• The First Team by John Dudley Ball, 1973 — a story of United States capitulation to the USSR by a weak president and the group that overthrows the occupying government
  • 1984 by George Orwell
  • Spy vs. Spy
  • Frederick Forsyth's spy novels sold in the hundreds of thousands. The Fourth Protocol, whose title refers to a series of conventions that, if broken, will lead to nuclear war and that are now, of course, all broken except for the fourth and last thread, was made into a major film starring British actor Michael Caine. The point of such novels—like that of American movies of the 1950s and 1960s such as My Son John or Kiss Me Deadly—is to vilify the "enemy within", the treacherous peace movement activists, and simple Labour party voters who, by 1988 were marching against the Cold War.
  • The Manchurian Candidate, by Richard Condon, took a different approach and portrayed a Communist conspiracy against the U.S.A acting not through leftists or pacifists but through a thinly veiled allusion to Joe McCarthy. The logic of this was that if McCarthyists were accusing so many people of being communist agents, it could only be to divert attention from the real communists. The theme of collusion between international communists and Western rightists would be picked up again by many movies (Goldfinger, A View To A Kill) or televisions shows (episodes of MacGyver or Airwolf), which would feature an alliance between power-hungry communists attacking the free world from without and profit-driven capitalists undermining it for financial gain.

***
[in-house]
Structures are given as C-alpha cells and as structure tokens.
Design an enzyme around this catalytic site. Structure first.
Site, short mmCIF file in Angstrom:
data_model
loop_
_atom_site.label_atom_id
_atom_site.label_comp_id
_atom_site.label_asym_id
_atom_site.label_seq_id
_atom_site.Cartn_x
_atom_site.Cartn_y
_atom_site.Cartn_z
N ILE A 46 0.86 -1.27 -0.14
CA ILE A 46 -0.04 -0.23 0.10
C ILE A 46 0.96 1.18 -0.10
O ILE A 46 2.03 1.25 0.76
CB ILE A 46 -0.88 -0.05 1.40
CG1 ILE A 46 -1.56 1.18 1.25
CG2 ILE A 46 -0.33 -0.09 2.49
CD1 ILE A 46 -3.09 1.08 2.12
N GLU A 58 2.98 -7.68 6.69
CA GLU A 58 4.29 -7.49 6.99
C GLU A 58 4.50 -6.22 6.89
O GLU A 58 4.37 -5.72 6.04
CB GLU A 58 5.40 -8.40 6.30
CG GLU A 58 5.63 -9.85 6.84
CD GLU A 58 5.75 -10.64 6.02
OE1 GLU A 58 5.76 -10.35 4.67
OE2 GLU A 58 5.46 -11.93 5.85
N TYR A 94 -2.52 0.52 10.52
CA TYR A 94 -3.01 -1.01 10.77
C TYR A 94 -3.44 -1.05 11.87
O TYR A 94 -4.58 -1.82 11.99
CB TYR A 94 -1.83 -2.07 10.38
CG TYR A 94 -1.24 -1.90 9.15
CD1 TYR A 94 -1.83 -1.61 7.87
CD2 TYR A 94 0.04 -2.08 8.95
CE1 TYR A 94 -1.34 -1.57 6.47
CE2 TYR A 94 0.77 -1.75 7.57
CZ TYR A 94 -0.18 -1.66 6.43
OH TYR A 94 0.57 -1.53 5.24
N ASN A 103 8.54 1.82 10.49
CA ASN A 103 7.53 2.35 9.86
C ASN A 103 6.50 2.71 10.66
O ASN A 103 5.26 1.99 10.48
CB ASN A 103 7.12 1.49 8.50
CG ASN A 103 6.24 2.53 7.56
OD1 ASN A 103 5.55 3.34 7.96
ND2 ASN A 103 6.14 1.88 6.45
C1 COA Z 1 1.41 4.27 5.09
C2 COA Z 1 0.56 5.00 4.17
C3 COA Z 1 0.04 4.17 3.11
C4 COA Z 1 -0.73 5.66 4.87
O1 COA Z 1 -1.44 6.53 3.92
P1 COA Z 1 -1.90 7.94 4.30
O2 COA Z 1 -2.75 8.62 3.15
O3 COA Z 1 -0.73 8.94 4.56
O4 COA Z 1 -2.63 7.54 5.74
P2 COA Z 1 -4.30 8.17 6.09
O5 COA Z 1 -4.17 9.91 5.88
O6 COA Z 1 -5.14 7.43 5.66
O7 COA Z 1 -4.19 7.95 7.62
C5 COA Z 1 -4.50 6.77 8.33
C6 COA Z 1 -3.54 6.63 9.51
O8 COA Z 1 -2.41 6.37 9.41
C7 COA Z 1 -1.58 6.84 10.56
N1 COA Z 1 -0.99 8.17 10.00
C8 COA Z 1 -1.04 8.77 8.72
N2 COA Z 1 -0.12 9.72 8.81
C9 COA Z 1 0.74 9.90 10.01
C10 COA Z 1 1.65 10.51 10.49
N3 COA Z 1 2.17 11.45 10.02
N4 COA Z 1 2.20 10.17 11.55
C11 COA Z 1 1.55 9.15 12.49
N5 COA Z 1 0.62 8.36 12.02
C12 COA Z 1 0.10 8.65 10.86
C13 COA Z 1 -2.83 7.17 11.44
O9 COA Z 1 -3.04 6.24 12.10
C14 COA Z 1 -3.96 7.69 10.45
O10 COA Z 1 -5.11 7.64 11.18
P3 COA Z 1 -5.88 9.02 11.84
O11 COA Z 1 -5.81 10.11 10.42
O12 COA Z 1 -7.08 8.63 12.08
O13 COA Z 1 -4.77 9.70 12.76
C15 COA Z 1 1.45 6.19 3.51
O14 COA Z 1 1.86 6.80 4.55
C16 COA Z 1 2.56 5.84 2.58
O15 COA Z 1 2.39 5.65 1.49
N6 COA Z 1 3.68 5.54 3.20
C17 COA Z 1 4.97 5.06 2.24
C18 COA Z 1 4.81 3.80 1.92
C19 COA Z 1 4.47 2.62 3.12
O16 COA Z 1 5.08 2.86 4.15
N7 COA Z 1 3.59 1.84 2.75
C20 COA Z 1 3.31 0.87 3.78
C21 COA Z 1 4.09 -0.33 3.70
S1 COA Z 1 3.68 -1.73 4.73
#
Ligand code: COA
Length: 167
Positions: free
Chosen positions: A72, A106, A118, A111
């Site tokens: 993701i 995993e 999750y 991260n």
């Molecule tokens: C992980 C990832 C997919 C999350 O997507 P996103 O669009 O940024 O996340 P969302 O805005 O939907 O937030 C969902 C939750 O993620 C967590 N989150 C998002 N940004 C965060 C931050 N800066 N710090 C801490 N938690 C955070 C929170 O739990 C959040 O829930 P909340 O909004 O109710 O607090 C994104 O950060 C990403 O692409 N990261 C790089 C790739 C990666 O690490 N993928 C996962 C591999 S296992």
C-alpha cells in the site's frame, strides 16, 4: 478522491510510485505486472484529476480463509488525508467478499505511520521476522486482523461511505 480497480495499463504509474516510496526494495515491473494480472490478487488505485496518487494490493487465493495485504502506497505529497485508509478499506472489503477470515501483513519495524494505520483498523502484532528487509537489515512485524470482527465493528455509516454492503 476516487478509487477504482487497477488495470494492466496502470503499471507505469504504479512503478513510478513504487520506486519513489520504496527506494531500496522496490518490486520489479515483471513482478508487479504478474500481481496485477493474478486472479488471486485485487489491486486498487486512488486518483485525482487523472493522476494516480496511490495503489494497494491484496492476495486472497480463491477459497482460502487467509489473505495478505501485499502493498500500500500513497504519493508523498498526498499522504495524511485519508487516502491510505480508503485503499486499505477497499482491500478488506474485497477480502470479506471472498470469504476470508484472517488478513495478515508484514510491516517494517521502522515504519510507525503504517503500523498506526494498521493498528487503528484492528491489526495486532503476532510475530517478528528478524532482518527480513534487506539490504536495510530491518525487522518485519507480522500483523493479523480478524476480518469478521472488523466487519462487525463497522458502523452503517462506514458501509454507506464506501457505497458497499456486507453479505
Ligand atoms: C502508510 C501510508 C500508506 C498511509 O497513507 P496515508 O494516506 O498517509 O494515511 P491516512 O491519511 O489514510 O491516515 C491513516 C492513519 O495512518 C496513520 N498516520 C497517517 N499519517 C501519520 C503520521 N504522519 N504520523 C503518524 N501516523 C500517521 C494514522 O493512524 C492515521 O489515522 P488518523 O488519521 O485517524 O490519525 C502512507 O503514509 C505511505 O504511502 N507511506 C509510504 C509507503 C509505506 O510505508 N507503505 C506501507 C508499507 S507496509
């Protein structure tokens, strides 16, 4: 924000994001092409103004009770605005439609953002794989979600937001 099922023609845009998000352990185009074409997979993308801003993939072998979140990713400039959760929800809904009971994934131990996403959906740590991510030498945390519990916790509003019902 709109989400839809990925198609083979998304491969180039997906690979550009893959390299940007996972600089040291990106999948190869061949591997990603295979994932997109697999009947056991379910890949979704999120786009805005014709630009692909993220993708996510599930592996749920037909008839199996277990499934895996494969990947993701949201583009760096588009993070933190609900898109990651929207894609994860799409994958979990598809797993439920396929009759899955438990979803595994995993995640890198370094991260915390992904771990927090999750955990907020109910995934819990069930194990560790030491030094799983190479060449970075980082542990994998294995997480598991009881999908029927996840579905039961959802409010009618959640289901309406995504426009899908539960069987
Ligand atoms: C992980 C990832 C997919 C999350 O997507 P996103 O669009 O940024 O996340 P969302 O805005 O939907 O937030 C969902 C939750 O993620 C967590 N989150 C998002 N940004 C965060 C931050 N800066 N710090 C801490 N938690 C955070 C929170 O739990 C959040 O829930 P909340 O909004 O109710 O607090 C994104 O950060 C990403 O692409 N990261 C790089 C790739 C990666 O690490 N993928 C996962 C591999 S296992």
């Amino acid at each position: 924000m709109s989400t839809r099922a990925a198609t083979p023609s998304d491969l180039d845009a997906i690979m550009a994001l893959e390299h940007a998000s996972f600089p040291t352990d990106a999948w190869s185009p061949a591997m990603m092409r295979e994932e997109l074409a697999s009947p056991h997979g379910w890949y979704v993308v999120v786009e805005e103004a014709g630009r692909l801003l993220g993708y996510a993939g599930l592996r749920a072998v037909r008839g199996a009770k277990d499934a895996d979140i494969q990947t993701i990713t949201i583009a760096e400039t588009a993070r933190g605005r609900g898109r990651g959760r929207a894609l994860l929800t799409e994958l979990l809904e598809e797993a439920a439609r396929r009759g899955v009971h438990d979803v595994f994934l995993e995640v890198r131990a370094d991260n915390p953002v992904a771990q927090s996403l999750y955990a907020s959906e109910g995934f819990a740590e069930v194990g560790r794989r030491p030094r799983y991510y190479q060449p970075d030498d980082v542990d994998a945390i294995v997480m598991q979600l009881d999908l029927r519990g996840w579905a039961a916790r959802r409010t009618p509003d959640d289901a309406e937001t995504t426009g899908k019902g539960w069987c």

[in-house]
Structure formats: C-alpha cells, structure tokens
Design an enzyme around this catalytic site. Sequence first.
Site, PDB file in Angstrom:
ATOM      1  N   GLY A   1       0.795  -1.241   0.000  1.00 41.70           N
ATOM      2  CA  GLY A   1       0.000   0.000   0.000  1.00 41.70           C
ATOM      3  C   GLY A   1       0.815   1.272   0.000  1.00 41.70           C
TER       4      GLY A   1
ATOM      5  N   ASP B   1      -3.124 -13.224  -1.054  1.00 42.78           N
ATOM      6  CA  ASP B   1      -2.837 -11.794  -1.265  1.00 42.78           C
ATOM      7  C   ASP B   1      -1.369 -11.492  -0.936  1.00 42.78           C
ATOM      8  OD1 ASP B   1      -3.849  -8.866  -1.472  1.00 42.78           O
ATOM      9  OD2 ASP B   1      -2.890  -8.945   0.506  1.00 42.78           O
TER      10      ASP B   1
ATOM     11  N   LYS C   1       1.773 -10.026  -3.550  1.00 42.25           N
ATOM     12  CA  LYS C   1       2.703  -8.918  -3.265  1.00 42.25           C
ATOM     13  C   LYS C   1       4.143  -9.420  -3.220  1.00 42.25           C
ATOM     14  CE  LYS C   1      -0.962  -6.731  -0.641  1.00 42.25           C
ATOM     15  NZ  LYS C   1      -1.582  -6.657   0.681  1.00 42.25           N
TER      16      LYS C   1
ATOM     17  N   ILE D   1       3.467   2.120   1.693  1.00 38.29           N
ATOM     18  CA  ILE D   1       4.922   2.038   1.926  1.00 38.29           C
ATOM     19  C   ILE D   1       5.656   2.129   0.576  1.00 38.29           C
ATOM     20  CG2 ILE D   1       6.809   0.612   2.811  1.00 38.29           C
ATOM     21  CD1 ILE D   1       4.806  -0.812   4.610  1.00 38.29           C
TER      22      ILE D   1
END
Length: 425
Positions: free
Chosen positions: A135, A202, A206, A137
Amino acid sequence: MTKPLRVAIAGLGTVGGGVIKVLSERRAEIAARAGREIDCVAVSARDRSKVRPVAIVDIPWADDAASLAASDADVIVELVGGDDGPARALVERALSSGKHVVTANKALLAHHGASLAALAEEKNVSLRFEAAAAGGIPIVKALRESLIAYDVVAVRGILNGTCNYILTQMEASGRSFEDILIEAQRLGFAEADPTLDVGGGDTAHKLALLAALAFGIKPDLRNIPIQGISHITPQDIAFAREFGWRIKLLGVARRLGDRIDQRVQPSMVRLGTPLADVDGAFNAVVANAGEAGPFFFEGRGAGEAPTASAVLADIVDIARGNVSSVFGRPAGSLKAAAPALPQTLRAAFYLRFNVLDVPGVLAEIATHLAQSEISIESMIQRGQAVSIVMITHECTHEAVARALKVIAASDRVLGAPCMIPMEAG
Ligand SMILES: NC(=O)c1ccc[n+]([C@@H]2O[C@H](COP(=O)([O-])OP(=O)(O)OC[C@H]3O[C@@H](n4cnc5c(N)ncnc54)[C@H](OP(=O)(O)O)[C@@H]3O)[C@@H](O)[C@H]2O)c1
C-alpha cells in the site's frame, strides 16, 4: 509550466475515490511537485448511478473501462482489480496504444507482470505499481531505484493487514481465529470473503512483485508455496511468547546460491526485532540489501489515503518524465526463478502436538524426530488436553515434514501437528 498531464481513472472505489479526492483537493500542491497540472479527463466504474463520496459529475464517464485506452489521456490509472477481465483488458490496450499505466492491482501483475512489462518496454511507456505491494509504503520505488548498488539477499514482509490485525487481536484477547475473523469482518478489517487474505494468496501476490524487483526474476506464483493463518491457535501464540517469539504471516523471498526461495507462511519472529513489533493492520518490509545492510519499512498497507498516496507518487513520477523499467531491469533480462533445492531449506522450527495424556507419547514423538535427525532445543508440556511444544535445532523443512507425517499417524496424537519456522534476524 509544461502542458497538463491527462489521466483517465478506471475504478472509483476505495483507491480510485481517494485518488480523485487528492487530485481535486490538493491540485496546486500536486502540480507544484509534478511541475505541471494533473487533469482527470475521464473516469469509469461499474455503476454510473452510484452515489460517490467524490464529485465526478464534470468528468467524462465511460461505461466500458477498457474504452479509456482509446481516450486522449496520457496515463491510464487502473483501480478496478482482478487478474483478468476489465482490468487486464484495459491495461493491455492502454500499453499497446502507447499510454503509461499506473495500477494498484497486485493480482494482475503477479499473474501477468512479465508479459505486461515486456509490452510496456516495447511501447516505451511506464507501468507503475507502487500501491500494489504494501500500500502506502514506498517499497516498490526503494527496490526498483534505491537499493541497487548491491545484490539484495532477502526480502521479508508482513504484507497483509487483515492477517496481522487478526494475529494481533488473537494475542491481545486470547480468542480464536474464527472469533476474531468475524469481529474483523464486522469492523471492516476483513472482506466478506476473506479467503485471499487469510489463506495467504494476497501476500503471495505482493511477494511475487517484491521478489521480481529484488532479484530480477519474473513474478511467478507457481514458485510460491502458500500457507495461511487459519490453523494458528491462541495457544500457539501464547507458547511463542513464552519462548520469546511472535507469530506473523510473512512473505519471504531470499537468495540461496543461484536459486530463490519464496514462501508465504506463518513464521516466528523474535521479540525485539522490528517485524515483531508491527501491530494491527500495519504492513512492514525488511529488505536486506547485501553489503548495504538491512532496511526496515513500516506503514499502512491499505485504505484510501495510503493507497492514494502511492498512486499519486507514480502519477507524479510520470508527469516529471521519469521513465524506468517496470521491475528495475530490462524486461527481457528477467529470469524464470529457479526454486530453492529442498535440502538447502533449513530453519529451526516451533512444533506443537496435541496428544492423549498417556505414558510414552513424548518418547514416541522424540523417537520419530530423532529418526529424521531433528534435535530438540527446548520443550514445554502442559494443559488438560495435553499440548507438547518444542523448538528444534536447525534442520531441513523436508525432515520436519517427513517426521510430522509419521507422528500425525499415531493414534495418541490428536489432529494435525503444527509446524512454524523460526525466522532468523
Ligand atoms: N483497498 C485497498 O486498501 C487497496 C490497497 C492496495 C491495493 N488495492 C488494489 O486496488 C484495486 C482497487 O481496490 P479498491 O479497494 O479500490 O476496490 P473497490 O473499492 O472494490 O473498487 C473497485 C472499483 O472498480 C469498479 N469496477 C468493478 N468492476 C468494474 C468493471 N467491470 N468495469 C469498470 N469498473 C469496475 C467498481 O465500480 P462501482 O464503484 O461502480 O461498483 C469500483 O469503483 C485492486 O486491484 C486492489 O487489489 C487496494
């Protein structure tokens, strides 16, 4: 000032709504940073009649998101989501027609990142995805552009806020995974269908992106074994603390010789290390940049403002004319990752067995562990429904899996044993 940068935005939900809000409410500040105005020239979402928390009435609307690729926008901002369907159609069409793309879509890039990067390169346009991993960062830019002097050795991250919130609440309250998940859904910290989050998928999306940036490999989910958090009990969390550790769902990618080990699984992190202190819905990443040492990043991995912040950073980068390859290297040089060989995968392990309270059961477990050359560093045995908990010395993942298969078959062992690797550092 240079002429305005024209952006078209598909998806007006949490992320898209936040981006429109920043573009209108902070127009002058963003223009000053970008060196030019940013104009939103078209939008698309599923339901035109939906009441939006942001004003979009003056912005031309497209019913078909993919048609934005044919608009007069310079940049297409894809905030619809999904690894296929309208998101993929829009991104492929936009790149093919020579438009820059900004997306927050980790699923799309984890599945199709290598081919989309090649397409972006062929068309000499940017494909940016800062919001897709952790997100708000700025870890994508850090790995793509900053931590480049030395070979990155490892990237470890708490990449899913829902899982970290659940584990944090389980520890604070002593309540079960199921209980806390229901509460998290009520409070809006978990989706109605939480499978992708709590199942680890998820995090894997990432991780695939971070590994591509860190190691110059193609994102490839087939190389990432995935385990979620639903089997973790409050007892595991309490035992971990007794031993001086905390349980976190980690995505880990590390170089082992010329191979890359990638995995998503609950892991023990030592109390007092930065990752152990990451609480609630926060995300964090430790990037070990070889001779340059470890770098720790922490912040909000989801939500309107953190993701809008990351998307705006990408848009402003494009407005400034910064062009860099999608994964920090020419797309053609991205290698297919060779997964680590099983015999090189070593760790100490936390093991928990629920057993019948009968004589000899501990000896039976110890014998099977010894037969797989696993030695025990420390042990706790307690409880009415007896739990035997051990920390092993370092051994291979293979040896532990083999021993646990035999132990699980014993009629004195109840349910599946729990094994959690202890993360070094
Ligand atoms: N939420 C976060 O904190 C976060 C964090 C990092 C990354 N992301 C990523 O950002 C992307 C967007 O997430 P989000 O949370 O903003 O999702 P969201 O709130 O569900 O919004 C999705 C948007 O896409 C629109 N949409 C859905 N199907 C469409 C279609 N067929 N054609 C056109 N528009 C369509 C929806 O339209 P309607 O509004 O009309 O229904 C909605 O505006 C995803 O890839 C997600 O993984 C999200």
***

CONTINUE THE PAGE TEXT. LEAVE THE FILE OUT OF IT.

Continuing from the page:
• Masters of Deceit — a non-fiction work written by the FBI, through J. Edgar Hoover's office, extolling the vices of Communism, and the virtues of Americanism.[3]
  • Glasnost radically changed Russian culture, as books that had been forbidden suddenly became available, and people were reading them all the time, everywhere.[4]

Movies and television

TV shows

Television commercials

Wendy's Hamburger Chain ran a television commercial showing a supposed "Soviet Fashion Show", which featured the same large, unattractive woman wearing the same dowdy outfit in a variety of situations, the only difference being the accessory she carried (for example, a flashlight for 'nightwear' or a beach ball for 'swimwear').

Apple Computer's "1984" ad.

Daisies and mushroom clouds